Aware provides general education teens with the materials and training necessary to open an associated club at their school. The club has both special and general education members and does a variety of activities together: holding information sessions about what a special need is, eating lunch, going to sporting events, doing arts and crafts, and generally making the special education students feel more included in school activities. Through Aware, students with special needs have a way to participate in activities that are a large part of the high school experience, but often unavailable to them. This includes going to major events, like homecoming and prom, and monthly occurrences, like spirit weeks. In addition, through Aware general education students have the opportunity to learn more about special needs and how to promote a more inclusive environment.
4. Example: Please walk us through a specific example of what happens when a person or group gets involved with your project.
When a general education student becomes involved with AWARE, they can learn how to promote a more inclusive environment for students with special needs. Comparatively, when a student with special needs joins Aware they have the opportunity to take part in activities otherwise unavailable to them.
One specific example of this mutual learning happened at the Redmond High Chapter. Just after spending one lunch together and talking about their favorite color and hobbies, a general and special education student formed a friendship. Today, the special needs student remembers the name of the general education student and they walk to first period together. Through Aware the general education student realized she could talk to the student with special needs just like any of her friends and the special education student got to form a bond with someone he otherwise would not have met.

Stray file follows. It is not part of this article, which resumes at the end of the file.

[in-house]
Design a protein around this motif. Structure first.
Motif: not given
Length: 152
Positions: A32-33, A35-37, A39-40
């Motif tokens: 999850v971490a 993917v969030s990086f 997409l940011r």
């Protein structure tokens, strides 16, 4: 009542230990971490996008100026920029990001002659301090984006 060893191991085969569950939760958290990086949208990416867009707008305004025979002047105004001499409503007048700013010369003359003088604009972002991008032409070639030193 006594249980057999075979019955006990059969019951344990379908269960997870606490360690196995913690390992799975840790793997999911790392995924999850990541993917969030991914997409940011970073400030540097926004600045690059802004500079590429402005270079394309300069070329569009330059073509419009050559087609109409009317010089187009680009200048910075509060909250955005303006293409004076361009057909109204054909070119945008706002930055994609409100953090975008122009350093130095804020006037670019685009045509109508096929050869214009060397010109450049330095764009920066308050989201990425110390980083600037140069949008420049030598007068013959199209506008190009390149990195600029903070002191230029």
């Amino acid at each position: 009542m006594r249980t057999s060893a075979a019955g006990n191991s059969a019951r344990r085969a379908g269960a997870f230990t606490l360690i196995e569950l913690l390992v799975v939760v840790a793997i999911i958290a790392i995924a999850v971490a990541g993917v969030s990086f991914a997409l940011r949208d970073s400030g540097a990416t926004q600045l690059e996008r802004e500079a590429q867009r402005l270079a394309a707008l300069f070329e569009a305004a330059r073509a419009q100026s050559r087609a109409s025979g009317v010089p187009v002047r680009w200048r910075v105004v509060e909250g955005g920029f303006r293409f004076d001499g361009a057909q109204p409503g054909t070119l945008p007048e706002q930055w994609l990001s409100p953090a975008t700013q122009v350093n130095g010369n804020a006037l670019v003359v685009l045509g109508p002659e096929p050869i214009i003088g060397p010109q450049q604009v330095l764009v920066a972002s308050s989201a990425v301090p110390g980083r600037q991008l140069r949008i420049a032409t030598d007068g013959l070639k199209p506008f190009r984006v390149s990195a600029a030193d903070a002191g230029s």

5. The X Factor: What is different about your project compared to other programs or solutions already out there?
Other organizations are advocating for people with special needs in the government, providing them with financial resources, and offering a support network they can rely on for help. None of them are focused on providing people with special needs a more friendly everyday social environment in schools.
In addition, Aware is run by teens from the top down, unlike other organizations that do not even involve the youth. By including high schoolers, Aware is simultaneously assisting students with special needs and providing teens with an opportunity to serve their community and take lead.
6. Impact: How has your project made a difference so far?
In one year Aware has impacted the lives of over 250 students across 4 high schools. By the end of this year, we will have presented to students in 10 different high schools. We have also gained confirmation from 5 additional schools that they plan to start the process for opening an Aware chapter in September of 2018.
In each school Aware expands to it starts a movement and the best example of this is Redmond High School. Prior to the Aware club, many of my own friends avoided the special education wing, treating it as some forbidden, fearful place. Now the entire school’s atmosphere has changed. There are posters for the spirit week hung up in the wing and every month there is a luncheon where general and special education students sit together. Though there are still some awkward moments, Aware has definitely opened the dialogue.